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Extraordinary Macramé Feat Celebrates 150 Years of the Periodic Table

Published on: 25 Jan, 2019
Updated on: 25 Jan, 2019

The Macrame Periodic Table

By Anthony Parker

A century and a half after Dmitri Mendeleev devised the periodic table, Surrey graduate Jane Stewart has created her own homage with a macramé version.

Her periodic table took 350 hours and 200,000 knots and it will star at UNESCO’s International Year of the Periodic Table of the Elements then sent on a tour of universities and science festivals across the UK.

Jane was inspired by her father Nevin, a retired industrial chemist, after developing her hobby through the creation of increasingly intricate projects such as a set of Super Mario play-blocks for her nephew.

Jane Stewart and Professor Dulcie Mulholland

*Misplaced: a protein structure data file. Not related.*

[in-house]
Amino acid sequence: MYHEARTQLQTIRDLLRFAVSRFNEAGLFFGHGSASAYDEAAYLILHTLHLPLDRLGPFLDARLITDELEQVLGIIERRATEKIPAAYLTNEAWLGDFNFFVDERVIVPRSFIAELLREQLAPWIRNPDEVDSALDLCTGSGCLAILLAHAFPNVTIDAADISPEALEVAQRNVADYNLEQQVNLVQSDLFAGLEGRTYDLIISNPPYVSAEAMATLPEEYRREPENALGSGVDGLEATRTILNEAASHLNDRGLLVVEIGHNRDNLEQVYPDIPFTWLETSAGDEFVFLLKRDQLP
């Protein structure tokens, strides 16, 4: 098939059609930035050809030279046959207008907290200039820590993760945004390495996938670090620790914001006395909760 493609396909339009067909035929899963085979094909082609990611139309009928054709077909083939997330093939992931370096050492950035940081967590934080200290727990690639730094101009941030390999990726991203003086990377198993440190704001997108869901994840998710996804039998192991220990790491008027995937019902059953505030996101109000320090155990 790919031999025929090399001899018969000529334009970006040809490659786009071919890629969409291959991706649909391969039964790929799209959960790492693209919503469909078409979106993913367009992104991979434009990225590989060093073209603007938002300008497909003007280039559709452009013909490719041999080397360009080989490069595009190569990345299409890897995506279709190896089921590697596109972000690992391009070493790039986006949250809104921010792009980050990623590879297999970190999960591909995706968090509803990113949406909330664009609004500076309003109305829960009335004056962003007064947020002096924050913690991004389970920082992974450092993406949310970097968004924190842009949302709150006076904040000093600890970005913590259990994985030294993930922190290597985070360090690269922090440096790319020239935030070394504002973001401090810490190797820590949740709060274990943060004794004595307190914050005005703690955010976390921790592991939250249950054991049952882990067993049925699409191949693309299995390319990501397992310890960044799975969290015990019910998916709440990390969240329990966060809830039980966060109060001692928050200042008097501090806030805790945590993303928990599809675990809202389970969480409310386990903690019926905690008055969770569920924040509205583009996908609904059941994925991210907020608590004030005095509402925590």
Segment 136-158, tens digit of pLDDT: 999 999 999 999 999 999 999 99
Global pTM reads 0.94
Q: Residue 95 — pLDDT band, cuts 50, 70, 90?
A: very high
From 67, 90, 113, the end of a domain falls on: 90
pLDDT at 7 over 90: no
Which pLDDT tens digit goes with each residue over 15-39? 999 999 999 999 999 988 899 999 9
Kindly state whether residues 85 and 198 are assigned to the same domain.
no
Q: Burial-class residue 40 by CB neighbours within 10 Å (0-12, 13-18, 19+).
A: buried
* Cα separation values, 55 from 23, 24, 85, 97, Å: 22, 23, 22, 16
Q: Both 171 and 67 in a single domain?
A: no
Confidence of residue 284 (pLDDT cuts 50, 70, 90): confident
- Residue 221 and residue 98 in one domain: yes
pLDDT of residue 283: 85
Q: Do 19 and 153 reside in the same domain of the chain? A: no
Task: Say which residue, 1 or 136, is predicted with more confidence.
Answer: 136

Professor Dulcie Mulholland, head of chemistry at Surrey university, said: “The periodic table is one of the most important foundation stones in modern science.

“It is fitting that the periodic table, which maps the fabric of all of the materials that surround us in the natural and human-made world, has been captured in this intricate series of knots. We’re honoured that Jane has allowed the creation to be unveiled at her own university, before heading off on its travels.”

Jane said: “Macramé gives a sense of achievement. You get ‘in flow’ while you’re working. Being creative keeps you busy and you can share the hobby with others, or work alone. It is very soothing, much like knitting.

“Individual knots don’t take much thought. I enjoy designing my own patterns to follow. I’m a scientist by training and the ordered craft form reminds me of lab experiments at university. Method repeat result.”

In February, the work will be displayed at the Northern Ireland Science Festival, followed by St Catharine’s College, Cambridge in March. In the summer, it will feature at York Festival of Ideas and at a Royal Society of Chemistry family day in Aberdeen.

In September, it will be exhibited at the University of Edinburgh (Nevin’s alma mater) and the University of Warwick. Jane also plans to take it into schools as part of her STEM ambassador role, promoting science to children.

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